Storytelling: old ways to do new marketing
Storytelling. The marketing buzz word of the second decade. You've heard it so many times that you don't notice it anymore, and you think it's just a yuppie new age thing or a supercazzola to not make you understand what they are talking about.
But I can assure you that it is very real, and while we are here we try to clarify. What is this blessed storytelling? And why is it so important?
“Storytelling” literally means “telling stories”, and marketing has always been a question of knowing how to tell, whether it is about telling your company, your product or your skills. In short, knowing how to tell yourself is key, and we see it everywhere in successful campaigns and commercials. But you can't go off-the-cuff, telling is an exact science, and it has very specific elements:
Each story has a protagonist, who is almost always the final consumer in our case. The protagonist has a desire, what he wants to do or have, and a need, which instead is what the protagonist really needs, and does not always coincide with the desire but always satisfies it. These are the 3 essential elements of storytelling and if you looked for them you would find them in all types of advertising. In an ad for a fast-food chain on TV, the protagonist is a worker on a lunch break, who wants a new and exotic experience, which finds the answer in the new Hawaiian-themed sandwich. In a perfume advertisement on the page of a gossip magazine, the protagonist is the reader herself, whose desire is to look as beautiful and attractive as the supermodel in the photo, and who therefore needs to wear that perfume to be able to be. Yes, they say “wearing a perfume”, I have discovered it too now.
But even in election campaigns, think about it, the protagonist is inevitably the people, who want change, and need Tizio Caio as prime minister.
But not only that, there is still a lot to explore in the world of storytelling, obstacles and antagonists, such as bad smells in detergent advertisements and sand flies in dog flea advertisements. These are obviously very simple examples, but nothing dictates that your storytelling is complex, indeed, the simpler and more direct it is the better it works. But they are not just elements, we must also know how to put them together, and in this case we must work on the structure.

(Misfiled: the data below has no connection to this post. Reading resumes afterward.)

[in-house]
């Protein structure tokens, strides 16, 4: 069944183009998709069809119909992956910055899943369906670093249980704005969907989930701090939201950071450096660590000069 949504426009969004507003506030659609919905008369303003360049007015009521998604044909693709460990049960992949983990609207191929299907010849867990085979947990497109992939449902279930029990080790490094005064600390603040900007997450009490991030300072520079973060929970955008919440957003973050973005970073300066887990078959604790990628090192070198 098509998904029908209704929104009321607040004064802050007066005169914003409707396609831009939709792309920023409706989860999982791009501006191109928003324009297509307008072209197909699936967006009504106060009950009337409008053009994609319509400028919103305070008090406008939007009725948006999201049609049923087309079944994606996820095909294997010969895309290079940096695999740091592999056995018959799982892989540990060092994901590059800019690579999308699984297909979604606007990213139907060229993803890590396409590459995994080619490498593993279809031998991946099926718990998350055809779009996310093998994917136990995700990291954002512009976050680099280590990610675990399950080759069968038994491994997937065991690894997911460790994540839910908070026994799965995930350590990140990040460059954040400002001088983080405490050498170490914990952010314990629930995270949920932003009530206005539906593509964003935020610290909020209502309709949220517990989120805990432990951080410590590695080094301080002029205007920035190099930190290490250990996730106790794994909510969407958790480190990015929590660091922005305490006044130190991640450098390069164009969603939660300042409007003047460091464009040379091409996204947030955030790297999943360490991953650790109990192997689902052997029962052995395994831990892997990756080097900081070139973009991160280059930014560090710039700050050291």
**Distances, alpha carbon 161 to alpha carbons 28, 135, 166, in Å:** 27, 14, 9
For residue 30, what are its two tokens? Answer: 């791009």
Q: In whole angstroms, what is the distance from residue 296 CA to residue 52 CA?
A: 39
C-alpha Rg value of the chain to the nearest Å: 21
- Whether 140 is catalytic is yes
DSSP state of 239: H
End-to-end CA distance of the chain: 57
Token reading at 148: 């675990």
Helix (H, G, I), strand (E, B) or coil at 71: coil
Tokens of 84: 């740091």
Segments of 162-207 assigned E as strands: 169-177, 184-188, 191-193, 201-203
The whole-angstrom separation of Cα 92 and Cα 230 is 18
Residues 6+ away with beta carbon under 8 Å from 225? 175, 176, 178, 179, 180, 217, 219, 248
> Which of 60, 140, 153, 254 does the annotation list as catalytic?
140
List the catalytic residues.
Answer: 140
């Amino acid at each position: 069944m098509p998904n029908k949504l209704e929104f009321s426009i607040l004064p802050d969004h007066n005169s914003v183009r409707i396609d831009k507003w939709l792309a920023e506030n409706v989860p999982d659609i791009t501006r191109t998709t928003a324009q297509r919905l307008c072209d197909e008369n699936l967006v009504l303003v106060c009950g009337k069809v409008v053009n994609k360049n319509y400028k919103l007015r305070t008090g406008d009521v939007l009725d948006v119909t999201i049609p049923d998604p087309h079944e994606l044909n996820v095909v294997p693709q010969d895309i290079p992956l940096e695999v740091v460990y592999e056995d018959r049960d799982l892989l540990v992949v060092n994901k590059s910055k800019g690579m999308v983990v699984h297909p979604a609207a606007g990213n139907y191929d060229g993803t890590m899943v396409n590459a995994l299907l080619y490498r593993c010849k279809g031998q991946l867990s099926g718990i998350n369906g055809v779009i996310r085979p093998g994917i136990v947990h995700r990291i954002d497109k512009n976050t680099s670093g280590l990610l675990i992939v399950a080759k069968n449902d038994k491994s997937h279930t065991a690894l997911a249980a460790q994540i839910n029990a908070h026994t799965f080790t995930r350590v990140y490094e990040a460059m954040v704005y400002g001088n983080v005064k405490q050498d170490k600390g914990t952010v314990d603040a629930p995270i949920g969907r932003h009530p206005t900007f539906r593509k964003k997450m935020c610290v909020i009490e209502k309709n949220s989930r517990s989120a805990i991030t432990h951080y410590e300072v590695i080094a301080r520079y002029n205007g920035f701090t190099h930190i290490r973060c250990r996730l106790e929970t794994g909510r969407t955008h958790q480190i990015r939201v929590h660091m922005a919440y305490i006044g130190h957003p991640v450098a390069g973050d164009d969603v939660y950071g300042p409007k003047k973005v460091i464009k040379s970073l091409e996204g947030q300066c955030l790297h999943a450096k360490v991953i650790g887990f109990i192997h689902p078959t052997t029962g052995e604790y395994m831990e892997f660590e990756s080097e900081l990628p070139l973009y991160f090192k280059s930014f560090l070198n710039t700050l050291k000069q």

The most common is the one in 3 acts, if you haven't heard it surely you have perceived it, where we have an introduction, where the protagonist and his need are described, a central part where he is faced, and a final where he is resolved. . The model has been revised and amended several times over the decades, but it remains a very solid foundation on which to build our storytelling, and more than enough for our purpose.
Obviously it is not that simple, there is a lot more to deepen and study, on how to create the right stories for the right audience and the right product, adapt them to the right tool and media, it is true that storytelling is approachable and literally anyone can do it, we all do it every day without knowing it, but to have concrete results you have to rely on people who know how to do it well.
So now storytelling is a little more concrete concept, and not this smoky opaque cloud anymore, but why does it work? What makes it so effective if done right?
Because it speaks to us, at a level that numbers, data and common sense cannot reach. Have you ever tried to change someone's mind? How many times have you succeeded in bringing studies and statistics? How many times have you managed to get a message across with a story, whether it was true or made up? A story is something we can relate to, subconsciously rather than rationally. And that's where you need to go if you want a successful campaign.The ways to storytelling are many and all valid, each suited to its own purpose and media, but in all cases it remains a very powerful tool and never to be underestimated, when it comes to communication.